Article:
The most visible and controversial of these is Windows 8, for which the final release code is now available to MSDN and TechNet subscribers, along with Visual Studio 2012. The quality of Windows releases has varied over the years, with Microsoft successfully managing transitions from 16-bit to 32-bit and then 64-bit, as well as the move from DOS to pre-emptive multitasking and the Windows NT kernel, and user interface changes such as the disappearance of Program Manager and the introduction of the Start menu and taskbar in Windows 95. Despite the magnitude of these changes, I cannot think of a release as controversial or as radical as Windows 8. “From the user’s standpoint, Windows 8 is a failure – an awkward mishmash that pulls the user in two directions at once,” says Windows stalwart Woody Leonhard at InfoWorld. “Anyone who defines ‘real work’ as typing and mousing won’t like Windows 8 one little bit.” While I do not agree with Leonhard – I have done almost all my work on Windows 8 since installing the Release Preview and do not encounter the issues he describes – his comments do show the risk Microsoft is taking, and the strength of reaction from some who would prefer Windows to remain the way it is with only minor changes. It is not just business as usual; and the reason for this is not so much Microsoft’s desire to shake things up, but rather the pressure from competition. Two words sum it up. iOS and Android. Microsoft’s problem is not so much its failure to compete effectively in mobile devices. Rather, it is the way these alternative platforms are eating into its core market of Windows and Office. An iPad or Android tablet is less powerful than a Windows PC but wins on portability, ease of use, security and battery life. There is a huge range of apps available, with no setup routines or uninstallers to worry about – just search in the store and tap to install. Users love these devices, and while you still need a PC or Mac for some kinds of work, it is surprising what you can achieve with the right app, or through a Web browser, or if necessary through remote desktop. There are also areas of work where a tablet is simply better: reading and following a meeting agenda and briefing documents, for example.
Put this together with pressure from Mac OS X at the high end, and you can see that Windows is set on a slow but sure path of decline. While it would have been easier for Microsoft-platform professionals if Windows 8 had merely been an improved and refined version of Windows 7, that would have changed nothing. Microsoft instead chose to create the Windows Runtime platform, and if you look beyond the unfamiliar Start screen and the frustration of full-screen apps on a desktop, you can see how Windows 8 does fit better with today’s IT trends. Here is a quick recap:
1. A user interface that works properly with touch, something that the old Windows UI could never achieve. Microsoft claimed when Windows 7 was released that it would work better with touch, but in fact the improvement over Vista in this respect was marginal. Even if Microsoft had fixed the operating system UI somehow, third-party applications would still have been horrible to use without keyboard or mouse. 2. Easy and safe installation and removal of apps. This is not a trivial feature. If you have ever installed apps on iOS or Android, coming back to Windows and installing an application with its own setup routine feels like going back in time. Even today, I regularly see issues like unsigned installers, or downloads that install other unwanted stuff if you forget to uncheck the ‘also install the XYZ toolbar’ option. 3. Safe interoperation between apps, and between apps and the operating system, via contracts. This is one feature in Windows 8 that makes Android and iOS look dated. In Windows 8 for example, one app can register with the system that it provides images, and another app that it consumes images, and the two can interact under user control.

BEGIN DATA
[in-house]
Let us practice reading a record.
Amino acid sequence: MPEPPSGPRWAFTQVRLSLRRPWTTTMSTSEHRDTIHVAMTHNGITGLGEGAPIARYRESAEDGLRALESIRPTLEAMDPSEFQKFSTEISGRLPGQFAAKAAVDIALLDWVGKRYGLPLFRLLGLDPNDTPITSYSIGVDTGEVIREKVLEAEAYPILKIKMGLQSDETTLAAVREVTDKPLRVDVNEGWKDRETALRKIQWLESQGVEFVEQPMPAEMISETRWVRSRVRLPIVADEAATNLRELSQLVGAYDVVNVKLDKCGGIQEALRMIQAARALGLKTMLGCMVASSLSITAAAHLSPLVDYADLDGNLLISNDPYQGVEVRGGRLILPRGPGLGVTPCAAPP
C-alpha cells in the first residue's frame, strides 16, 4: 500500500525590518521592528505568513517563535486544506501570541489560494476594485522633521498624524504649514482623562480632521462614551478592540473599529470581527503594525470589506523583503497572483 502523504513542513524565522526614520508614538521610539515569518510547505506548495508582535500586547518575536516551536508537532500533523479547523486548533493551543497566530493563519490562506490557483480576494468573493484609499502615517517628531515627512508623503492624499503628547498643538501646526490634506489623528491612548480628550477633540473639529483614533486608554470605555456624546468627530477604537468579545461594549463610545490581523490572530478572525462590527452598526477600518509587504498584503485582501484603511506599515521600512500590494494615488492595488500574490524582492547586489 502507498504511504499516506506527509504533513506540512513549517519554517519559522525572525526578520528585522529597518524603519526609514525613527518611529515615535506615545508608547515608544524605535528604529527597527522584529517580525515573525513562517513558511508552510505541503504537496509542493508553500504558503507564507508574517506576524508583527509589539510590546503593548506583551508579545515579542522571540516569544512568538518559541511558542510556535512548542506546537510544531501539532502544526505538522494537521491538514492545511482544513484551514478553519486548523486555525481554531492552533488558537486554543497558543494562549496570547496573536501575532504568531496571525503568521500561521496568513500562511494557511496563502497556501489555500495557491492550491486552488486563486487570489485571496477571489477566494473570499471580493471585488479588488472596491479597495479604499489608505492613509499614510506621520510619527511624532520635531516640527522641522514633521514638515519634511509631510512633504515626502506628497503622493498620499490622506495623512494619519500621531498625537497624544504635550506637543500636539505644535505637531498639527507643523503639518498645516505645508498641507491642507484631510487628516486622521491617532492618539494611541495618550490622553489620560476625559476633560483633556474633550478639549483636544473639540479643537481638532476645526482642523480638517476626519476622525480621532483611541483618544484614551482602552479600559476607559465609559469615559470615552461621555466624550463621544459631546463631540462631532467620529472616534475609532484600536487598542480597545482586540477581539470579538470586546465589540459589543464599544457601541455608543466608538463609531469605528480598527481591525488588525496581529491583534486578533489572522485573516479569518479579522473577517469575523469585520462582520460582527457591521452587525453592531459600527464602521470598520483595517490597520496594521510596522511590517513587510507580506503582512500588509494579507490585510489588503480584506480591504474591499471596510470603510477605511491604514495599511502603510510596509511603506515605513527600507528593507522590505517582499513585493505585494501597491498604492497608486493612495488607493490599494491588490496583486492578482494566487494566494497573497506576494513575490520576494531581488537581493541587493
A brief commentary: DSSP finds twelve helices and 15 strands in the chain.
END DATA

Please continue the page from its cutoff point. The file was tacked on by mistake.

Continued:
Another factor is that Windows Phone 8, which will follow on from Windows 8, uses the same core platform. Microsoft is finally unifying its device and desktop platforms. Note that all of these features depend on adoption of the Windows Runtime, rather than the classic desktop, which is why Microsoft has performed contortions in order to try and satisfy those who simply want to keep working with their existing Windows desktop apps, while also ensuring that the Windows Runtime, or Modern UI, is in your face and cannot be missed. The result is rather odd for sure, but it does work, and I have seen both expert and non-technical users get on fine with Windows 8 after a day or two learning the new system. It is worth the effort, since once you have come to terms with the new Start screen and discovered the Windows key, the faster performance along with features like Hyper-V virtualisation and Storage Spaces mean that you will not want to go back to Windows 7. That said, the success of Windows 8 will not be judged by how well it runs desktop apps. Its success will be judged by whether it establishes a strong market for Windows Runtime apps. That will not be easy, but the potential is there for a new generation of Windows that users will enjoy more than the last one. Otherwise, it is back to long, slow decline for Microsoft’s platform.